Inevitably, the public outcry for action necessitated and led to a political reform. However, instead of embracing change, and embarking upon a course of action, advocates of the status quo strongly resisted; fought the reform with all their might and only retreated to their trenches under defeat. Meanwhile, as a group who had become a new political class; totally detached from the reality on the ground and who came to view the people of Tigrai as their loyal subjects, the elites were under the illusion that the people were on their side.
As a result, they made the mother of all political blunders when they put their hopes high that the masses will rise in their defense. And, by the time they realized that the opposite was the case, it was just too late. As for the people of Tigrai, they were relieved that the politically bankrupt and ethically insolvent anti-reform elites were off their back for good.
Subsequently, thanks to the political, economic and social reforms that have been undertaken by the federal as well as the regional governments, Tigrai, similar to its sister regions in the federation, has surely become a partaker of the new development endeavours carried out by the developmental state. Roads, hospitals, clinics, schools, a hydroelectric power plant, to name a few, have been built. Private business has flourished and investors have turned their eye on Tigrai as a region with great potential for investment. The people of Tigrai finally began to enjoy the fruits of democracy their brave sons and daughters and brothers and sisters have fought for.
Now back to the big question, with such a shameful political record and a reprehensive individual and group history, what motivated the Arena gang and Siye of Medrek to run for office in Tigrai? They obviously are not that naïve to truly believe that victory will be theirs. Truth is, it doesn’t take a political analyst to make an informed assumption that they simply are – excuse the term – political party poopers whose only goal is to create a crisis by crying foul and playing the victim card, which they already began doing from the very start.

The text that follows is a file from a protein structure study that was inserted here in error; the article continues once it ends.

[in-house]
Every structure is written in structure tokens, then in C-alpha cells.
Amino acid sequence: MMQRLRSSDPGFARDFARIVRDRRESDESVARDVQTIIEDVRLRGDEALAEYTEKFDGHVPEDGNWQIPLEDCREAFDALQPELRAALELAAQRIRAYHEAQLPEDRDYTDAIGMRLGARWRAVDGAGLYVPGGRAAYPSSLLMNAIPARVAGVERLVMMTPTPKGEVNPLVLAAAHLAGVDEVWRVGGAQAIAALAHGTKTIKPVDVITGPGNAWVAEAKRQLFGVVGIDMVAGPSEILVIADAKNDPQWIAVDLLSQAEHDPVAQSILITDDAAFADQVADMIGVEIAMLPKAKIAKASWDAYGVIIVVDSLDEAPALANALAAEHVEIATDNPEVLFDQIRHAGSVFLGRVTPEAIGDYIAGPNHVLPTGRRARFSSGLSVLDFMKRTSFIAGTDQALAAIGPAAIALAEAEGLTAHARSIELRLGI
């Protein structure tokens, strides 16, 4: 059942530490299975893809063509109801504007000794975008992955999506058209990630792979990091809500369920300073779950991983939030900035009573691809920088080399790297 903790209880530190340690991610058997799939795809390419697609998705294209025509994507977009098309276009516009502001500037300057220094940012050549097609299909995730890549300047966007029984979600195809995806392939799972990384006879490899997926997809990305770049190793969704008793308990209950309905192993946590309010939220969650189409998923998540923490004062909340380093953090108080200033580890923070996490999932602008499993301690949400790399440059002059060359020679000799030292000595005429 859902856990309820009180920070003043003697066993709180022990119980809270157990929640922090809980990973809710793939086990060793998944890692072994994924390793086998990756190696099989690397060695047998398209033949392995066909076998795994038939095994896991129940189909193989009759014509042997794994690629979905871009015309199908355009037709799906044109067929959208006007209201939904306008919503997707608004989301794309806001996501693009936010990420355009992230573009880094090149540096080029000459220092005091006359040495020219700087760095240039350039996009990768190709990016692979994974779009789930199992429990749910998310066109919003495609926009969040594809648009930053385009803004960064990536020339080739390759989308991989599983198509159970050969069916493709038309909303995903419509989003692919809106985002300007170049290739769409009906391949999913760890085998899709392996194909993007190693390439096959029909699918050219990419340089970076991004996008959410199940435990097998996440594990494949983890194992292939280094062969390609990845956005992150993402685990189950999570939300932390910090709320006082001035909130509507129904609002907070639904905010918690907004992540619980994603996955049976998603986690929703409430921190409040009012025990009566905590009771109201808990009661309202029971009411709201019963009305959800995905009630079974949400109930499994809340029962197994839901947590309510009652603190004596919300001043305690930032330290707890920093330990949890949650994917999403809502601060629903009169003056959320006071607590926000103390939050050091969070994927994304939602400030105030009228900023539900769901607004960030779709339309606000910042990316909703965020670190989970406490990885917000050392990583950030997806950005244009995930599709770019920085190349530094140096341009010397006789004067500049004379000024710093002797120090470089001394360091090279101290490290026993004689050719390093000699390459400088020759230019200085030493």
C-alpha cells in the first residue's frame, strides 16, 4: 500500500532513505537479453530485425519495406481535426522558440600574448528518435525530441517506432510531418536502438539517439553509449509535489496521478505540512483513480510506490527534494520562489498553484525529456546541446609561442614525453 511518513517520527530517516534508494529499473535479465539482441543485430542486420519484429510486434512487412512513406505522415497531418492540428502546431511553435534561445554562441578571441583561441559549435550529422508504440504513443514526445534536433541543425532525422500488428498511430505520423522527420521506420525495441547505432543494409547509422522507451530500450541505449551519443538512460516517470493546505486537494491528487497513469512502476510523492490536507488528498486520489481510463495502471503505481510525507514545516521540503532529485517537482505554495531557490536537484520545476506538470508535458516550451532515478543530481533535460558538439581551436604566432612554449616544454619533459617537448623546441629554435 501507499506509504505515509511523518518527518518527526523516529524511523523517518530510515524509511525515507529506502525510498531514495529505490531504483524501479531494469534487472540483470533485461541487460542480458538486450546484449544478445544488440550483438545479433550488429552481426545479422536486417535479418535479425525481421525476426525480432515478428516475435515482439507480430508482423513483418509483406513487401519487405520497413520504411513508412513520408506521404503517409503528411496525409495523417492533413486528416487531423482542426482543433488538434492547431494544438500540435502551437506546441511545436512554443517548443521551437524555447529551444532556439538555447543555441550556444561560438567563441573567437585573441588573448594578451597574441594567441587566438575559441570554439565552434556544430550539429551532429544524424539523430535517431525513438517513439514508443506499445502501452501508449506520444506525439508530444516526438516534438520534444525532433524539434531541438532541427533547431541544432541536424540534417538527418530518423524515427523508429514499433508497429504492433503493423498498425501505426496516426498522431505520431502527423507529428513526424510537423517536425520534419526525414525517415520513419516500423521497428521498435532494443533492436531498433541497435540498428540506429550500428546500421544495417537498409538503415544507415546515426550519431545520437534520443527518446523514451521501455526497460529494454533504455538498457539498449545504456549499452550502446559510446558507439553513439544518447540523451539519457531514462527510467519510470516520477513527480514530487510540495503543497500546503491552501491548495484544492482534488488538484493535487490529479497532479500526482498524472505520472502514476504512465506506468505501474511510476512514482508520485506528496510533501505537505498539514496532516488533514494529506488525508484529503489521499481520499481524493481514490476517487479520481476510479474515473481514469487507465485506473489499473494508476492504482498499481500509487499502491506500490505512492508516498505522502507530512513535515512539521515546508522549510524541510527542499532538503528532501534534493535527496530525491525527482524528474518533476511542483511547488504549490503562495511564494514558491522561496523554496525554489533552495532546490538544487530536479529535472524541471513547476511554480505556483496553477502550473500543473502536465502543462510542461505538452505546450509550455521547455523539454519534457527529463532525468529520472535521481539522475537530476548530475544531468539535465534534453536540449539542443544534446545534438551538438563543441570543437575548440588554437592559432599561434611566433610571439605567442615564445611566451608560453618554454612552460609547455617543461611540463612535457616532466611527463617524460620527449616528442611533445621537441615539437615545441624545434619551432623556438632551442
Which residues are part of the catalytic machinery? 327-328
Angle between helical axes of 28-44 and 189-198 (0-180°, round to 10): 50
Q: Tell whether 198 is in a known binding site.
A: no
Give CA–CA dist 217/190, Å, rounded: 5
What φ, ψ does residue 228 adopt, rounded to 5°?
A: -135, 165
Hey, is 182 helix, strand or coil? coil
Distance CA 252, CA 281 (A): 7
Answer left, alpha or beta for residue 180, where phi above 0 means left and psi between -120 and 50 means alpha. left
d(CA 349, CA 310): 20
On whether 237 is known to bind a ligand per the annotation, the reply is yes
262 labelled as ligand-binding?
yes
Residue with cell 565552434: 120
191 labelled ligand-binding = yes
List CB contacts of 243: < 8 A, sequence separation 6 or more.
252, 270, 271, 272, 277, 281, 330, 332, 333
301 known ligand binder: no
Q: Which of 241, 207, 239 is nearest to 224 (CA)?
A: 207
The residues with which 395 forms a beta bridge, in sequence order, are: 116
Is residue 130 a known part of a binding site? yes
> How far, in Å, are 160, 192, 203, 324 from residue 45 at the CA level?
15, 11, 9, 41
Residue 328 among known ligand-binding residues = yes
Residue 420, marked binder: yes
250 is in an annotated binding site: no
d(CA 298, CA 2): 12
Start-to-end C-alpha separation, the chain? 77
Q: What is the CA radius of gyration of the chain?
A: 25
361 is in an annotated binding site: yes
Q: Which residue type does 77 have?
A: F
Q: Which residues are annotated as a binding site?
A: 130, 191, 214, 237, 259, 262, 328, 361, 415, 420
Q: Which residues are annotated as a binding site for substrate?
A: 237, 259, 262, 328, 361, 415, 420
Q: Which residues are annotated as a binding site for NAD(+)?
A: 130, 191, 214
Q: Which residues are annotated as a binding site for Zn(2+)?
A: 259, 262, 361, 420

Siye’s infamous prediction that he and Gebru are going to win come hell or high water and that, in fact, if they don’t, it would only mean that the election results must have been tampered with is more of a self-created crisis warning strategy than his trademark arrogance. Indeed, this is part and parcel of his well thought-out yet wicked hidden agenda.
This, of course, will not come as news to Ethiopians in general and the people of Tigrai in particular, but Siye’s own and his family’s name has become synonymous with political corruption and greed of unparalleled proportions. A family that was hardly known for its business background, inheritance, a lottery jackpot winnings or any other legitimate wealth, became a mover and shaker in nearly all major business aspects of the country. In fact, Siye and his family could make a great political science or public administration case study under the title, “Ethiopia’s short-lived political oligarchy”.